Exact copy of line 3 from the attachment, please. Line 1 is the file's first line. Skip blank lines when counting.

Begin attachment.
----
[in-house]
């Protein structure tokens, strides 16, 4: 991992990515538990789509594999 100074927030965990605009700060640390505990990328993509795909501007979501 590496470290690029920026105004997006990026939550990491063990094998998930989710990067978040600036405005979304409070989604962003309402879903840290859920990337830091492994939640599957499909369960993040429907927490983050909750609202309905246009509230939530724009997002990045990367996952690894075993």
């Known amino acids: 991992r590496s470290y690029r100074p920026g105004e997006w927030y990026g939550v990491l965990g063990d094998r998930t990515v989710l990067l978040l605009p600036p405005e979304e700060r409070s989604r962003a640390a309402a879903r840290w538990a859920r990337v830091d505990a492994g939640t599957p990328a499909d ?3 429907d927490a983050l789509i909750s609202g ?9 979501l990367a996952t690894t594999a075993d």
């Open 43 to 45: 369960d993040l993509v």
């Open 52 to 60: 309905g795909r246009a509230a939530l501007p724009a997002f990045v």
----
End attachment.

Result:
């Known amino acids: 991992r590496s470290y690029r100074p920026g105004e997006w927030y990026g939550v990491l965990g063990d094998r998930t990515v989710l990067l978040l605009p600036p405005e979304e700060r409070s989604r962003a640390a309402a879903r840290w538990a859920r990337v830091d505990a492994g939640t599957p990328a499909d ?3 429907d927490a983050l789509i909750s609202g ?9 979501l990367a996952t690894t594999a075993d």